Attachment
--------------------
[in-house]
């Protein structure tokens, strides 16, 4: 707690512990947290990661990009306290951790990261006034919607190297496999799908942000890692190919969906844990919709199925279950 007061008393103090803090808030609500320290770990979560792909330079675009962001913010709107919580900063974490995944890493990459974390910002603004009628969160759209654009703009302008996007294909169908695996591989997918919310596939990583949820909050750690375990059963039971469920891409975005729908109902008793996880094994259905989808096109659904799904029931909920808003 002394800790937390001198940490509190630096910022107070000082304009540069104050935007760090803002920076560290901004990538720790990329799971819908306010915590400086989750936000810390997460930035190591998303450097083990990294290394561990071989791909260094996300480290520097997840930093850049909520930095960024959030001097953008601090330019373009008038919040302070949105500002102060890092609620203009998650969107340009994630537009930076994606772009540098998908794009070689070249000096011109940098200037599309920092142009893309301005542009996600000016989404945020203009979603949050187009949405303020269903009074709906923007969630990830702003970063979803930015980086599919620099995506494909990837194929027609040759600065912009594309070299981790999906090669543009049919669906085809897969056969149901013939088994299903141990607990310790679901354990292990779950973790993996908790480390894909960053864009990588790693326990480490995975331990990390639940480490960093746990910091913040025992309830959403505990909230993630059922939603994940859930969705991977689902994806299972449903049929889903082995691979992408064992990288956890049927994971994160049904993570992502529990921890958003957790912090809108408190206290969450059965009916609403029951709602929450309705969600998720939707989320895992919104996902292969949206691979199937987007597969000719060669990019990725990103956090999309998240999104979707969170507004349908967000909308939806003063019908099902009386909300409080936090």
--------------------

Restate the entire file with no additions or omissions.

[in-house]
């Protein structure tokens, strides 16, 4: 707690512990947290990661990009306290951790990261006034919607190297496999799908942000890692190919969906844990919709199925279950 007061008393103090803090808030609500320290770990979560792909330079675009962001913010709107919580900063974490995944890493990459974390910002603004009628969160759209654009703009302008996007294909169908695996591989997918919310596939990583949820909050750690375990059963039971469920891409975005729908109902008793996880094994259905989808096109659904799904029931909920808003 002394800790937390001198940490509190630096910022107070000082304009540069104050935007760090803002920076560290901004990538720790990329799971819908306010915590400086989750936000810390997460930035190591998303450097083990990294290394561990071989791909260094996300480290520097997840930093850049909520930095960024959030001097953008601090330019373009008038919040302070949105500002102060890092609620203009998650969107340009994630537009930076994606772009540098998908794009070689070249000096011109940098200037599309920092142009893309301005542009996600000016989404945020203009979603949050187009949405303020269903009074709906923007969630990830702003970063979803930015980086599919620099995506494909990837194929027609040759600065912009594309070299981790999906090669543009049919669906085809897969056969149901013939088994299903141990607990310790679901354990292990779950973790993996908790480390894909960053864009990588790693326990480490995975331990990390639940480490960093746990910091913040025992309830959403505990909230993630059922939603994940859930969705991977689902994806299972449903049929889903082995691979992408064992990288956890049927994971994160049904993570992502529990921890958003957790912090809108408190206290969450059965009916609403029951709602929450309705969600998720939707989320895992919104996902292969949206691979199937987007597969000719060669990019990725990103956090999309998240999104979707969170507004349908967000909308939806003063019908099902009386909300409080936090």